Sleeping Well: The Right Behaviours, Treatment and Health Supplement for Insomnia

According to stats produced for Insomnia Awareness Day{i}, up to 35% of adults struggle with Insomnia, and lack of sleep is becoming a nightmare for many.  Whether down to modern day stresses, a poor diet or the introduction of technology (or simply an inability to turn off), insomnia can affect every aspect of a sufferer’s  life.

Technology in particular has been a double-edged sword. Generally speaking, technology has improved life no end, giving us more free time and facilitating multiple activities that, back in the day, were very difficult to fulfil. Nowadays we can watch a movie in the comfort of our homes without having to go to a cinema and staying in touch with family and friends is now much more doable thanks to social media and the wonders of modern communication.

Even traditional pastimes like listening to music, reading a book, as well as drawing or creating content can be done in new and different ways thanks to technology, and for some people, it is what allows them to work on a daily basis, even more so since COVID-19 and lockdown – technology enabled us to bridge the gap between work and home, eliminate the commute and continue to work as normal even when our physical workplaces were closed for many – so tech has been good in so many ways.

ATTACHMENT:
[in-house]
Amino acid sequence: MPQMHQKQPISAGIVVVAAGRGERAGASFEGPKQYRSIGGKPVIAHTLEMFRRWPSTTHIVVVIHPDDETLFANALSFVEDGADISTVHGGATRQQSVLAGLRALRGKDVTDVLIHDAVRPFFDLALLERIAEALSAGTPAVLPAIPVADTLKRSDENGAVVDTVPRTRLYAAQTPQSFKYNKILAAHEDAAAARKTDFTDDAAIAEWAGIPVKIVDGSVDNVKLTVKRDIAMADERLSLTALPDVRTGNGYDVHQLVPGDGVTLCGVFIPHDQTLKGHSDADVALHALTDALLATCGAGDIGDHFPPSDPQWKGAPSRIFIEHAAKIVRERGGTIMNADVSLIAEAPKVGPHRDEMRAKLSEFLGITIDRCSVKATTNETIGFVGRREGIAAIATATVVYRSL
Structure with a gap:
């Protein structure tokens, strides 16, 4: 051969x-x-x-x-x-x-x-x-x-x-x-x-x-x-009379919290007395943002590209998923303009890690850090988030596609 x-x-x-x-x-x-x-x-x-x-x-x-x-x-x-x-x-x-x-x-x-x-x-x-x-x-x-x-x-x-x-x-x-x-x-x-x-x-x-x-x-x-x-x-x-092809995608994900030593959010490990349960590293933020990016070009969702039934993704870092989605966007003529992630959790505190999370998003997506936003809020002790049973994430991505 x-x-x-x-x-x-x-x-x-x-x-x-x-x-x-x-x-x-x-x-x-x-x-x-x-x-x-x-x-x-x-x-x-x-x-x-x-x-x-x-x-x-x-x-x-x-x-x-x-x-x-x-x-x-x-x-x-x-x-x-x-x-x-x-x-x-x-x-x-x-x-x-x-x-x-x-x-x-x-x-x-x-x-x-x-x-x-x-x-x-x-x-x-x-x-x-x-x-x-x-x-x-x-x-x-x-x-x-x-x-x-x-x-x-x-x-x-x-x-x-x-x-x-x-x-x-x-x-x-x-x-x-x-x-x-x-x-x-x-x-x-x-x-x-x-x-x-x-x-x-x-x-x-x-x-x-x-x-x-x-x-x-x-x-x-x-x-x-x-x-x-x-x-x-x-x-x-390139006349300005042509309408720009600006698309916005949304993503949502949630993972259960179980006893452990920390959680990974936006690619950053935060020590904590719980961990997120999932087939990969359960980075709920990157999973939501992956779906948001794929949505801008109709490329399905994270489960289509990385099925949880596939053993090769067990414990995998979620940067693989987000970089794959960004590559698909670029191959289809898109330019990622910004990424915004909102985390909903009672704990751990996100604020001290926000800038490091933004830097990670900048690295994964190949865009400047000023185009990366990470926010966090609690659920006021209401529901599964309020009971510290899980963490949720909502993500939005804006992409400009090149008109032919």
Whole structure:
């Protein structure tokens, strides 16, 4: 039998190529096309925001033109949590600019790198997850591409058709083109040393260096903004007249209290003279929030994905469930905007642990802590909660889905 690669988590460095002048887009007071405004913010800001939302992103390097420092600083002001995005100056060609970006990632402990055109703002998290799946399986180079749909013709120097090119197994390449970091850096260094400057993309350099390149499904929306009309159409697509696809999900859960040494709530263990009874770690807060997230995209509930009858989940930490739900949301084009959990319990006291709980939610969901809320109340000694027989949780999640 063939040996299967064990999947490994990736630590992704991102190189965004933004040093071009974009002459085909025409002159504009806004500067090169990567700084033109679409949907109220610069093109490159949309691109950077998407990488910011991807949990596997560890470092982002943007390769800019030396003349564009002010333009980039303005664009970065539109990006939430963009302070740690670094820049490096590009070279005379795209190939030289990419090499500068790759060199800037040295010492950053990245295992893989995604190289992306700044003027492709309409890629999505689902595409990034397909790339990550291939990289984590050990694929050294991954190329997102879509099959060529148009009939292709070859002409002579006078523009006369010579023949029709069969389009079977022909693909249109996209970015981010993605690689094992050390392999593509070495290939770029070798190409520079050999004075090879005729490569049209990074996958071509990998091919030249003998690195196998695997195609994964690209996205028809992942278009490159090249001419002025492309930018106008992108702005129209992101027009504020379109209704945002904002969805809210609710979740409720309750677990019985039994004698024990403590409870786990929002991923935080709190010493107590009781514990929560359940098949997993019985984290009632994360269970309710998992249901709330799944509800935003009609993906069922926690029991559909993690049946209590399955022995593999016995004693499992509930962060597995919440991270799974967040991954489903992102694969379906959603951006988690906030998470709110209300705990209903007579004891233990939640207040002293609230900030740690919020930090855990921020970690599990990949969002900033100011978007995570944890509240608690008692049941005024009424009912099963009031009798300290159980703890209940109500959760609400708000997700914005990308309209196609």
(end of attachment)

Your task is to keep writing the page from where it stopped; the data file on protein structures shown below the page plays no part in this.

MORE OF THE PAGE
However, like most innovation, tech has brought a downside.  Home workers may not even open the curtains, living in permanent darkness, and we may not venture outdoors as frequently as we once did.  Our levels of exercise may be reduced, and despite the apparent ‘rest’ from the lack of a commute, many workers find themselves more tired yet sleeping less, lacking Vitamin D from the sun, and more stressed from feeling ‘always on’ with our handheld devices, even if we switch off our computers at 5pm (and many of us don’t!)  These devices often emit a particular type of light that can contribute to insomnia.


How to Properly Deal with Insomnia

It is not enough to just sleep, but getting the right kind of sleep that matters.  There is no quick fix for insomnia and it is best tackled by engaging in a healthy lifestyle, with a nutritive diet, a healthy sleeping schedule, and of course, a routine that doesn’t go against it.

Some people also find relief from taking health supplements – these will often also improve your overall physical health, making it easier for you to enjoy a high quality of sleep. We will cover some of the supplements you can take to improve your sleep, but there’s a particular type of medication that, in comparison to sleeping pills, can provide great sleeping benefits without causing too many side effects: CBD.  You can check cheefbotanicals for more information on this.

Now, that being said, let’s talk about some of the other changes you can make to tackle insomnia and restore healthy sleep patterns.


Lifestyle Changes: Healthy Sleeping Schedule